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Concordia mourns passing of Jean Béliveau

Montreal Canadiens hockey legend was pillar of community, honorary doctorate and Loyola Medal recipient
December 3, 2014
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By James Gibbons

Béliveau accepting the Loyola Medal, 1995 Béliveau accepting the Loyola Medal, 1995 | Photo courtesy of Concordia University Archives

 

Montreal Canadiens hockey legend and Concordia honorary degree recipient Jean Béliveau passed away on December 2. He was 83.

Béliveau, LLD 09, was captain of the Bleu, Blanc, Rouge for a decade. He won 10 Stanley Cups — the first in his inaugural year with the National Hockey League (NHL) in 1956, the last in 1971, when he retired.

“He was a pillar of the community — on and off of the ice,” said Concordia President Alan Shepard. “For his contribution to Quebec and Canadian society, Concordia was proud to recognize him with an honorary doctorate in 2009. The university community extends its condolences to his family and to hockey fans who have both lost a great.”

In his honorary degree citation, Richard Courtemanche of Concordia’s Department of Exercise Science, described him as “a source of inspiration for our students. He has the remarkable capacity to unite people.”

Concordia awarded Béliveau with its prestigious Loyola Medal in 1995. The accolade recognizes outstanding citizens who’ve made significant contributions to the community.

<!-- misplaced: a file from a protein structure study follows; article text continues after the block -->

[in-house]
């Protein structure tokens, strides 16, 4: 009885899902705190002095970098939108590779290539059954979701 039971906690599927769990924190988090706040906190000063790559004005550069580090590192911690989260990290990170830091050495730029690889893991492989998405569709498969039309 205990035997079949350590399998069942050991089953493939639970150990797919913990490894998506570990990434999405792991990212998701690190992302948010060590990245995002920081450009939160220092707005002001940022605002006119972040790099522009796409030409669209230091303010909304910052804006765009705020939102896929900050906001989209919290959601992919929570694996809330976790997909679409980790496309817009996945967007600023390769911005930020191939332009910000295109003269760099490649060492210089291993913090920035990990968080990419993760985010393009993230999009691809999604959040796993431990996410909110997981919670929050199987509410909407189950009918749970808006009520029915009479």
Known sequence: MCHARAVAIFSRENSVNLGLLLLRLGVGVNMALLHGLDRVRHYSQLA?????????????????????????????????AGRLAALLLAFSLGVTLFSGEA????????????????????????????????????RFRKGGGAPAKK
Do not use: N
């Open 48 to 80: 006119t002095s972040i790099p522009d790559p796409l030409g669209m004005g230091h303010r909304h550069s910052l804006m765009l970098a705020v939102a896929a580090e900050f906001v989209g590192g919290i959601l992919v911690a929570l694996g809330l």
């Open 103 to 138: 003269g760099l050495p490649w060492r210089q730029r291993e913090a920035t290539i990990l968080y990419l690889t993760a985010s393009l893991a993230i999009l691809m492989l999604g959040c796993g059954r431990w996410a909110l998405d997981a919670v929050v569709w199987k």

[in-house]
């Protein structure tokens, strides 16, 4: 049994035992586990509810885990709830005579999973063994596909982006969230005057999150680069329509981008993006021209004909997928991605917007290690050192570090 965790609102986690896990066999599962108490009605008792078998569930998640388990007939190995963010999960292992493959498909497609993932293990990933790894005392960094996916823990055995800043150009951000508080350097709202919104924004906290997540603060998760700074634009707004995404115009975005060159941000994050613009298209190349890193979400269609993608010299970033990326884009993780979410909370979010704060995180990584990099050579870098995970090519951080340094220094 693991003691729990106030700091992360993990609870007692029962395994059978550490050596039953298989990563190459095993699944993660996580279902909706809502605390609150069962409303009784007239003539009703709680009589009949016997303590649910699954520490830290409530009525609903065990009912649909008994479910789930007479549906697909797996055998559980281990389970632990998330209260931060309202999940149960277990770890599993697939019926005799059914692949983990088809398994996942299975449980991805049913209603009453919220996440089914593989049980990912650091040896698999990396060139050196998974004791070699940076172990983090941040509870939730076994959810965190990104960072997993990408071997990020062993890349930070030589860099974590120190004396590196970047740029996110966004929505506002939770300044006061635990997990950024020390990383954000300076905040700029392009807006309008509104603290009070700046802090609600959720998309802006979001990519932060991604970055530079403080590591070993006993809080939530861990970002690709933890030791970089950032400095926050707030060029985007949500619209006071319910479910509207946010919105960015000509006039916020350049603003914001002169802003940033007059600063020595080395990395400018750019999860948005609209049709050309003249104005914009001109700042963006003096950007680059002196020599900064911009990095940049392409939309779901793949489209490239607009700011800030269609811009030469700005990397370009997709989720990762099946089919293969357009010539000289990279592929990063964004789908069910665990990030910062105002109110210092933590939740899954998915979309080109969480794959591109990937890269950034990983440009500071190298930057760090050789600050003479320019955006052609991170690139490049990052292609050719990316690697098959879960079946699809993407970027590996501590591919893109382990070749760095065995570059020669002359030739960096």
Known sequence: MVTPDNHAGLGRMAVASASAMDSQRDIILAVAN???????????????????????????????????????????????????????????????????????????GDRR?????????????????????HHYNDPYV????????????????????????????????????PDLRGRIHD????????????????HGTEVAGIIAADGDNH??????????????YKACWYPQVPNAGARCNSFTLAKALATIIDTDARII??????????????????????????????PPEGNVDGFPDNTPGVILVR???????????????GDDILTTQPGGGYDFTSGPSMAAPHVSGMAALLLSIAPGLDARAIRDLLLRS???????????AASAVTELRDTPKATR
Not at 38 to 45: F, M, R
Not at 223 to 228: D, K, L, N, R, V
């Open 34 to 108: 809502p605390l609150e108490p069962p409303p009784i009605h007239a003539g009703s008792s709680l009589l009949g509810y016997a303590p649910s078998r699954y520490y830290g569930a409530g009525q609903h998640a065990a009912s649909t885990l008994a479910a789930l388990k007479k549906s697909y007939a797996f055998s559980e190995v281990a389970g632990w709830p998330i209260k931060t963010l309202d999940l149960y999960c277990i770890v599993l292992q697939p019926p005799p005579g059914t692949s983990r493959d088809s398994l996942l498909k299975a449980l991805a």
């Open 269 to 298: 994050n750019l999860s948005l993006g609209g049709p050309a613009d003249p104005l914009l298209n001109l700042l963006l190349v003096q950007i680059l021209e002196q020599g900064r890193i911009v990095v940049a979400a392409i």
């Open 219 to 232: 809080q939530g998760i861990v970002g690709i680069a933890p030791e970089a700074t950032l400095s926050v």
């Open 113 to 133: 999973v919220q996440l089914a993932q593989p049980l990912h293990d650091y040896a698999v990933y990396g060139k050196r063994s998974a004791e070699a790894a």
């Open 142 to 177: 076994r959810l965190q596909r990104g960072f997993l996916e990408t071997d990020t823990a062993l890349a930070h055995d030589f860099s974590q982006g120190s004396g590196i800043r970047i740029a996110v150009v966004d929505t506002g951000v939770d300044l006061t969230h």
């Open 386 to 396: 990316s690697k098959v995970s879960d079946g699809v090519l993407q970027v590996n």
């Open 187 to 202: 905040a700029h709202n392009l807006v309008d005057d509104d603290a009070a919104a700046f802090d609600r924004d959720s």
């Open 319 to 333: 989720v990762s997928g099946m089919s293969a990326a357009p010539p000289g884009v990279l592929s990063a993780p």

“He reflected the ethos of the Loyola Medal, which recognizes individuals who enrich humanity at large,” said Bram Freedman, vice-president of Development and External Relations and Secretary-General at Concordia.

Jean-Beliveau-at-Loyola-1966-67 Jean Béliveau, LLD 09, at Loyola, 1966 | Photo courtesy of Concordia University Archives

A native of Trois-Rivières, Quebec, Béliveau was awarded the Art Ross Memorial Trophy for most goals scored and the Hart Trophy for most valuable player — both in 1956. He was inducted into the Hockey Hall of Fame in 1972.

He was promoted to the rank of Companion of the Order of Canada in 1998 and awarded a star on Canada’s Walk of Fame in 2001.

Béliveau is survived by his wife of 61 years, Élise Couture, his daughter Hélène, and two granddaughters. He will lie in state at the Bell Centre on Sunday, December 7 and Monday, December 8 from 10 a.m. to 6 p.m. ahead of a national funeral on Wednesday, December 10 at 2 p.m. at the Mary Queen of the World Cathedral (1085 de la Cathédrale).
 

The university flags will be lowered to mark the passing of Béliveau

Share thoughts on the late Canadien with the #ThisMtl hashtag.

 



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